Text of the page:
Balaji Ram | Staff Writer
Fuze curated an unforgettable experience for every designer that took part in their event. They strayed away from almost every cliché usually applied in a design event and promised an adventure to the designers and experience with a time constraint.
The participants had to use application Fusion 360 to design their projects. Usually, the designers had to develop a problem statement, but Fuze had a design ready in hand for the designers. The designers had to think out of the box and upgrade the original plan given to them, a quadcopter. The upgrades had to be made proficiently and had to look minimalistic. They had to reduce the flaws in the existing designs and add new intricacies while maintaining the design’s original identity.
“Fuze was a wonderful opportunity to showcase the skills of all amateur designers; I can’t wait to see the ‘Fuzion’ of new ideas from the participants!‘ said Neehal Aashiesh Sharma, the Core Committee member for this event. The designers had to produce an explanatory report adhering to all the rules and the old design, the changelog and the new design. The designers worked against the clock to submit their designs to the jury. Overall, they agreed the event was a unique and enjoyable experience.
Shreyash Rout | Staff Writer
Chakravyuh 2.0 was an event under the category Mechatron held on Day 2 of the fest. It was a multi-layered quiz-based event in which the questions tested the participants’ Robotics, Automation and logical, in-depth knowledge. There were 5 levels, which were basically inside password-protected ZIP files one within the other. The quiz had 5 questions with increasing levels of difficulty. The first question’s answer was the password for the ZIP file that contained the second question and the second answer was the key to the third question and so on. The one to unlock all the levels first in the given time constraint would be the winner of the event.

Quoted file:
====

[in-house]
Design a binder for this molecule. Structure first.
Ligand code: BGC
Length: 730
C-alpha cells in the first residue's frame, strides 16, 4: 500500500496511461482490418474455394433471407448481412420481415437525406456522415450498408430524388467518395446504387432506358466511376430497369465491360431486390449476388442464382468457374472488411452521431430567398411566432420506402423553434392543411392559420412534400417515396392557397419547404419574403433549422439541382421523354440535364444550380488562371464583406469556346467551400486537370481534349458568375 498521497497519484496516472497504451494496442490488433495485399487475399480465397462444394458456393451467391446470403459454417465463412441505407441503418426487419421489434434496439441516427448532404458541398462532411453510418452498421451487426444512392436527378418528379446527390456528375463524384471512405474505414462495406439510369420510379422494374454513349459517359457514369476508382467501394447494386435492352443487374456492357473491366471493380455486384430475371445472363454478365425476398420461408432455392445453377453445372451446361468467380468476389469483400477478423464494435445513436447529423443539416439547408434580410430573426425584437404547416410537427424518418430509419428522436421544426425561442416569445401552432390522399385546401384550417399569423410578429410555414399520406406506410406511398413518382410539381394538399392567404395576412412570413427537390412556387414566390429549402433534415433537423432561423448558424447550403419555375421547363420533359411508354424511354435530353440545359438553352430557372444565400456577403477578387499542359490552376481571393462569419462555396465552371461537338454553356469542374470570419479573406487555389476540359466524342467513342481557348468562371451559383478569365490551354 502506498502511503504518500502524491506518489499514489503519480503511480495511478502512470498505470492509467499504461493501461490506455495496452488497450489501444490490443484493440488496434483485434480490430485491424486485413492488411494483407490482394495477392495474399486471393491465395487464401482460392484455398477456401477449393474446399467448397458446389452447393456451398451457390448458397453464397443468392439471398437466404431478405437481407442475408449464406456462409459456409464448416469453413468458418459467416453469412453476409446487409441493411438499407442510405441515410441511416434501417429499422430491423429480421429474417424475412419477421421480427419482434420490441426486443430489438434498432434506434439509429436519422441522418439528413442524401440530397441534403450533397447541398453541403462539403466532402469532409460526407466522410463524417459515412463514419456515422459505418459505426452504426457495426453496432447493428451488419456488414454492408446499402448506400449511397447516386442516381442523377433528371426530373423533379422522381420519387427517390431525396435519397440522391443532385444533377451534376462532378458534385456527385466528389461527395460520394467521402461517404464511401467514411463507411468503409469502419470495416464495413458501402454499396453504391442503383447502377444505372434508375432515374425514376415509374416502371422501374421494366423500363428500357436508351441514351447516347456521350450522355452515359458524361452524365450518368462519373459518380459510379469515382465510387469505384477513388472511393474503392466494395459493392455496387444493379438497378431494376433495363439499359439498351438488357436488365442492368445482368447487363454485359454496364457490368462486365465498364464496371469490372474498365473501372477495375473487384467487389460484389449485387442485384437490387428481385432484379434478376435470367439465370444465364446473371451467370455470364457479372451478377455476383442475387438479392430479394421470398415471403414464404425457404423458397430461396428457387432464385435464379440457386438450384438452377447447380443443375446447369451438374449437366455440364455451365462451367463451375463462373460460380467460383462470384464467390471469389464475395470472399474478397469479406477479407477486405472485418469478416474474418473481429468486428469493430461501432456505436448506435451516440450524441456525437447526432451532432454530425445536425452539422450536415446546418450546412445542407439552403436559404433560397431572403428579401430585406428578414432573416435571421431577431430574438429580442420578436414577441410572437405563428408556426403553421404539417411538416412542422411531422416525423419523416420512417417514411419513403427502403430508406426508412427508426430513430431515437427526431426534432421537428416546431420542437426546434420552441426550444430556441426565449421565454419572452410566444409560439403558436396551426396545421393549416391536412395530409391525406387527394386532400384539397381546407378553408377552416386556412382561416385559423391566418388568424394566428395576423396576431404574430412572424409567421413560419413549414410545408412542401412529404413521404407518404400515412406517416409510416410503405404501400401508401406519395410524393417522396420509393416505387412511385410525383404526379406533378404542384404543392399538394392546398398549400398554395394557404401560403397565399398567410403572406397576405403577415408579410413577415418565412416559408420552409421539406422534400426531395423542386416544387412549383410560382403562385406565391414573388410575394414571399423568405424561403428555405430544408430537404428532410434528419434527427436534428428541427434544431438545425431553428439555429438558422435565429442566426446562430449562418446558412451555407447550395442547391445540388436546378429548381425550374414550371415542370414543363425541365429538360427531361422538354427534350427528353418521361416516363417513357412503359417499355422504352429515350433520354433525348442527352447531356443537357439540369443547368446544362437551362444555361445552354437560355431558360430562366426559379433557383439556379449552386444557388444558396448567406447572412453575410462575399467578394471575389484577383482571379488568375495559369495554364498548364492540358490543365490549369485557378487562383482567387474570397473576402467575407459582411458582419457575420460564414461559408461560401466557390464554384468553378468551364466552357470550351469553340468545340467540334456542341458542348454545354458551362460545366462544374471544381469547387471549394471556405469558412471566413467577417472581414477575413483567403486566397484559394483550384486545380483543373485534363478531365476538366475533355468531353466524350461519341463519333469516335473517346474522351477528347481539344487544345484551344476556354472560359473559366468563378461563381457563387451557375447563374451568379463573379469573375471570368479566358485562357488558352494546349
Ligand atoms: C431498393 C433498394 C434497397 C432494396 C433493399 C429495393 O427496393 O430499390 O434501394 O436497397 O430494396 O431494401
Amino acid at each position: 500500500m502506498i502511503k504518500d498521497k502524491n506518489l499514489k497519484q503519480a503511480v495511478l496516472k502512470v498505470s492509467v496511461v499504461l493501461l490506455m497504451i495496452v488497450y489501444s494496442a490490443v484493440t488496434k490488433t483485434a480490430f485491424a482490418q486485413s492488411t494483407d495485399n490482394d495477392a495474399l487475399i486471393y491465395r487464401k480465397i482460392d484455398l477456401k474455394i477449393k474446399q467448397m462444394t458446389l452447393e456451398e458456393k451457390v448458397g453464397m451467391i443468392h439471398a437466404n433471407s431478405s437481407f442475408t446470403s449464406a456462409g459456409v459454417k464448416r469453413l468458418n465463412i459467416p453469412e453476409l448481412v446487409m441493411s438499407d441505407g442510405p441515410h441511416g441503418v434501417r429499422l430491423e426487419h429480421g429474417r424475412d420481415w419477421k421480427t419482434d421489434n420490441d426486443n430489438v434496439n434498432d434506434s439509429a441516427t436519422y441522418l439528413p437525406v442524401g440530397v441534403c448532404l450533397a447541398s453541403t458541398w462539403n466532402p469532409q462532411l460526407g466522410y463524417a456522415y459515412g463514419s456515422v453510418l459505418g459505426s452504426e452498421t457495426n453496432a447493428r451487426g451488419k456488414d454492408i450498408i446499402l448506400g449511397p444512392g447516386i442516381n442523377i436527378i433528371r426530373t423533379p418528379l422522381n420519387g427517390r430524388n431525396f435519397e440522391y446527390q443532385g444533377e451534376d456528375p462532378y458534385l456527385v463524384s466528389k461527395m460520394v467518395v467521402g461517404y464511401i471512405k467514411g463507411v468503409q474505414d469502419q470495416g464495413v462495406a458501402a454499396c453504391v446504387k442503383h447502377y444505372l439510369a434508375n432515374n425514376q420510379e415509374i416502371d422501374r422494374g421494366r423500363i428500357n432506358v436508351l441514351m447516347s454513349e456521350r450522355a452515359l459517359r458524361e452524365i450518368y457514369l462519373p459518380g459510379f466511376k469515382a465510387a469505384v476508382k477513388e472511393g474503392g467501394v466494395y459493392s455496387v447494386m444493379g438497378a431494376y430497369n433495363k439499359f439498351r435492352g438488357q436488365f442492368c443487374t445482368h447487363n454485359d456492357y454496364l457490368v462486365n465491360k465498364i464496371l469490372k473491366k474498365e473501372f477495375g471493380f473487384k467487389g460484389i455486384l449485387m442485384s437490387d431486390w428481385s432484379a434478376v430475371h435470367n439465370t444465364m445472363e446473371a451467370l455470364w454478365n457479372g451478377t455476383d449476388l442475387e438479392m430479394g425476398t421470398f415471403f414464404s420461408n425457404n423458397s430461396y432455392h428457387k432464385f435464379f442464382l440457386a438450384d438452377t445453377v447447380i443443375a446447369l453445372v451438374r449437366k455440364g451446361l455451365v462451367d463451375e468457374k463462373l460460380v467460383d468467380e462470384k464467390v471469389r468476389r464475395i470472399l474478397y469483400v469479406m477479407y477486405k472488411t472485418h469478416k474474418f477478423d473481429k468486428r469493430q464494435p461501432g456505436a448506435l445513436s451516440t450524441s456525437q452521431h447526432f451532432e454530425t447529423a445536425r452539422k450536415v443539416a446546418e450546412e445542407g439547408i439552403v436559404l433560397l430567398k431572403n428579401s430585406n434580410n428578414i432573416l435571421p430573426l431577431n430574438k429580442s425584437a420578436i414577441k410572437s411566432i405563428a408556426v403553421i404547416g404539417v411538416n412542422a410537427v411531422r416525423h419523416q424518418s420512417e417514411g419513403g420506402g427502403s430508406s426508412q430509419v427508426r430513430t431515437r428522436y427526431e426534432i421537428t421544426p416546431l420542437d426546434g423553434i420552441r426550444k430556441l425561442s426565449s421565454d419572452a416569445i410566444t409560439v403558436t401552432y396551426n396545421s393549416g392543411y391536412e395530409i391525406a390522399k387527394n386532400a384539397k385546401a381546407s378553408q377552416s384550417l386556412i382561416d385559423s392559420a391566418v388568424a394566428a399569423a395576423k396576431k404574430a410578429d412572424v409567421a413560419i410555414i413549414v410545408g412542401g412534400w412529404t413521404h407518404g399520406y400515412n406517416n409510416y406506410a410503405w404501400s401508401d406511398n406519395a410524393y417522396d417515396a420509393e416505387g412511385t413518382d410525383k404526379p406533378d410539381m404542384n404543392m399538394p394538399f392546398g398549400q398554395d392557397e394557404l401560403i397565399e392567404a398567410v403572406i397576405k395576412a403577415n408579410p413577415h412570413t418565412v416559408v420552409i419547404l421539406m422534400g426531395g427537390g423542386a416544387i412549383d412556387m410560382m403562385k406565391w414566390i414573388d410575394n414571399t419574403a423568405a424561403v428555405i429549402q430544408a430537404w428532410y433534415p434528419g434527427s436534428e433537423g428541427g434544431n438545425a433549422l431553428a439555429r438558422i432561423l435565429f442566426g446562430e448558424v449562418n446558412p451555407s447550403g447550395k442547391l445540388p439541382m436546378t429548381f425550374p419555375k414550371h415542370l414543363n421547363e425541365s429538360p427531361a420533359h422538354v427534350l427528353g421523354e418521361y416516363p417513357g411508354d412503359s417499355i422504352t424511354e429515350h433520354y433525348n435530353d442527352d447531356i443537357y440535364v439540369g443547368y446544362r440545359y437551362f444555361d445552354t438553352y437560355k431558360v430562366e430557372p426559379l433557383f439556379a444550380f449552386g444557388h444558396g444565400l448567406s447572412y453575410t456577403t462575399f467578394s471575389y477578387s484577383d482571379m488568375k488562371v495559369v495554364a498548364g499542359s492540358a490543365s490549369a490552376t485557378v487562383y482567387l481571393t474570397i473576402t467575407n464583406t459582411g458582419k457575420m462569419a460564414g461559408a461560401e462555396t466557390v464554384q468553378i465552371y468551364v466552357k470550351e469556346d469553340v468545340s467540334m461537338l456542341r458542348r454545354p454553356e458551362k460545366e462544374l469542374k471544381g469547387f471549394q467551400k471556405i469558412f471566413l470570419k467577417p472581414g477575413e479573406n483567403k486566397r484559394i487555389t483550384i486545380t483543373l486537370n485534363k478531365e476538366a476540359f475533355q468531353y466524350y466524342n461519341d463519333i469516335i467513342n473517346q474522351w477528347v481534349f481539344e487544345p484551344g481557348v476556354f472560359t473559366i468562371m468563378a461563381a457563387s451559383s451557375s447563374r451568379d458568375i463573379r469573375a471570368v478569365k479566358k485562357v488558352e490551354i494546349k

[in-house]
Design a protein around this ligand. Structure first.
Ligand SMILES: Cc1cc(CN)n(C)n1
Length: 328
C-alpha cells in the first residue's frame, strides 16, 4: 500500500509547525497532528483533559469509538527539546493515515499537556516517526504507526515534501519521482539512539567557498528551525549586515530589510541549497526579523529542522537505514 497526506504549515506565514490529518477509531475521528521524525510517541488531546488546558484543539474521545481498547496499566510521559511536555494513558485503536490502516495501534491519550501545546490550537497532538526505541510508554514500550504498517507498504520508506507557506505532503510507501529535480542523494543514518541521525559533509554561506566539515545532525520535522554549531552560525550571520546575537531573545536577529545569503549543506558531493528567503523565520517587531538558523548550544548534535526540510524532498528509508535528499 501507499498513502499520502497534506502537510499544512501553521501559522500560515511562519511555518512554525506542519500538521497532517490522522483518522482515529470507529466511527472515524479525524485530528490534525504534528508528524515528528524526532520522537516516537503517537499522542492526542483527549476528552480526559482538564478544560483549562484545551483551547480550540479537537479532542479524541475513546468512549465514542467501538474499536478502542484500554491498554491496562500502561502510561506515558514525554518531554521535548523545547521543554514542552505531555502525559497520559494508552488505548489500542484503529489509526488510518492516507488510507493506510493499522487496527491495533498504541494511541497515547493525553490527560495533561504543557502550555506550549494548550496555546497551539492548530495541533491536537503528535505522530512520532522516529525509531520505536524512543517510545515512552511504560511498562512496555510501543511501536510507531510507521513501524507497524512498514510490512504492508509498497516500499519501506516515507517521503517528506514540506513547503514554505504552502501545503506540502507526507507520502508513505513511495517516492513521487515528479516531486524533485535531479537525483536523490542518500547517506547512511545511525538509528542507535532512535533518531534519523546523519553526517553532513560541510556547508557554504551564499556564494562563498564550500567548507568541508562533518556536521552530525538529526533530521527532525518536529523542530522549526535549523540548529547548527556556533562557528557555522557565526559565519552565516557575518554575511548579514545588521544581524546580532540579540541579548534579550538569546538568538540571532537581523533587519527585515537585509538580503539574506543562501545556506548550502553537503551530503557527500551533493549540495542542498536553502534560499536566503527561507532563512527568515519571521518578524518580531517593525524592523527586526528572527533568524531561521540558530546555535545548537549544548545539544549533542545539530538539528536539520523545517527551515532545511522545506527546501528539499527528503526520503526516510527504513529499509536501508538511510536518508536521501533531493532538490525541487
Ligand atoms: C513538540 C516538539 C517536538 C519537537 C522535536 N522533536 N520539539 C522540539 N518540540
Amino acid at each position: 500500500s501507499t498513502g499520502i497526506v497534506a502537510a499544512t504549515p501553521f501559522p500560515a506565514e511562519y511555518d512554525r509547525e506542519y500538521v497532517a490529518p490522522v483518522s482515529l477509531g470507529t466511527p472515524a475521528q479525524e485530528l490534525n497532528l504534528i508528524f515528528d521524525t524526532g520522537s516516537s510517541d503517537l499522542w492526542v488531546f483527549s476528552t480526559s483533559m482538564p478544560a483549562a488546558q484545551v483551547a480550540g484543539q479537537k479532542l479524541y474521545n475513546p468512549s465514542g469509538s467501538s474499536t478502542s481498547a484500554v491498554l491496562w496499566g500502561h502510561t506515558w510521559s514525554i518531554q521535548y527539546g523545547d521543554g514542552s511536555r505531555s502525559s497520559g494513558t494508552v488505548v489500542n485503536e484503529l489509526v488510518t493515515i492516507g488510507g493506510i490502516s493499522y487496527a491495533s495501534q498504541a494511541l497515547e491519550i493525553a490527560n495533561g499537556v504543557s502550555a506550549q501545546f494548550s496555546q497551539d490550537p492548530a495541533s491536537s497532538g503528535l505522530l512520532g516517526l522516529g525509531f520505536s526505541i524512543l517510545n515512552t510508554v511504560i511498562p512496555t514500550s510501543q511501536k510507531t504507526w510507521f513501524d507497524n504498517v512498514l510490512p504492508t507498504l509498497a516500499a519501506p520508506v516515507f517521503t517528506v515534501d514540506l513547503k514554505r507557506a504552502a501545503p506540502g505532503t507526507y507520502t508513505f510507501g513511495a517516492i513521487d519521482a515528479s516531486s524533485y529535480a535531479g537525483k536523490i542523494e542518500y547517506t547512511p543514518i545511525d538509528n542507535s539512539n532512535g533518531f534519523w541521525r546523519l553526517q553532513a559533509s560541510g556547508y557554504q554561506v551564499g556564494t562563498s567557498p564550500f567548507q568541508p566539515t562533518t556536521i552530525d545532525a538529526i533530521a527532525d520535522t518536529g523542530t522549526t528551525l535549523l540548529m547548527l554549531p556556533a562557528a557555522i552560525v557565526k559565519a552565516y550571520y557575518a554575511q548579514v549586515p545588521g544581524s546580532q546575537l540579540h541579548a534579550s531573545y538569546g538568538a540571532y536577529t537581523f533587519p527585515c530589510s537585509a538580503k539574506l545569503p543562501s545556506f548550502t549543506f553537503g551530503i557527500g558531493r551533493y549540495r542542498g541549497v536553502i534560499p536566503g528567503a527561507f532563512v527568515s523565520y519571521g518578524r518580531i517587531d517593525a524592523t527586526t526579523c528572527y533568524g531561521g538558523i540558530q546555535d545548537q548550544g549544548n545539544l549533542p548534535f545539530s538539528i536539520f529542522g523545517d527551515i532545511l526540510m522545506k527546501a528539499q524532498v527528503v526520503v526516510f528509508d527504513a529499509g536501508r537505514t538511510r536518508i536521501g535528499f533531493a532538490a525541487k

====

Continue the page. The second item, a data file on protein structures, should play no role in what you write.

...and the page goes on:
“In this event, the first to solve the 5th Level won the 1st Prize, the first to solve the 4th Level won the 2nd prize and the first to solve the 3rd Level came in 3rd. So it was more of a time-based ranking rather than a score-based. There was one team who solved 2 levels but couldn’t be eligible for 2 prizes.
Although the number of registrations was much more than usual, the actual turnout was ultimately still similar to what it would have been if the fest was in college. That did throw us off a bit for planning the event, but overall, it was still pretty good. The event went on perhaps even more smoothly via the online mode.” said Core Committee member Soham Salhotra.
Mehr Chawla | Staff Writer
Ardothon was a beginner workshop cum competition that introduced participants to the world of Arduino, microcontrollers, sensors and motors. The event was organized on Microsoft Teams.
The first two days consisted of a workshop wherein the basics of a Microcontrollers, Arduino in particular and how it works were explained. A simulation of the Arduino Board and the components used with it on TinkerCAD, an online 3D modelling software, along with some examples of using sensors/actuators were given, and programming basics was introduced. The code for each concept was thoroughly explained, and doubts were also cleared side by side.
Day 3 was the day of the main competition. Participants were given one of the three fields of application and were asked to do a project to simulate an application in the field given to them. The teams were given a problem statement about topics like ‘Security System’, ‘Agriculture’ and ‘Manufacturing’. They had to come up with their own creative ideas that provided a solution to the problem statement given. Some of the ideas included the detection of movement using IR and UV sensors, the simulation of the robotic arm and smart conveyor belts.
The time given for this was approx. 2 hours, following which the judges scored each team on their creativity, utility, working, explanation, presentation and the complexity of the projects they present.
While around 50 people registered for the event, only 35 turned up, and 7 teams participated. “Out of the teams who participated, they were very much involved and gave great feedback; even the people who were completely new to Arduino,” said Soham Salhotra, an organiser of the event. Overall, the event proved to be a great learning experience and testing ground for creativity.
Featured Image Credits: Social Media and Graphics, TechTatva’20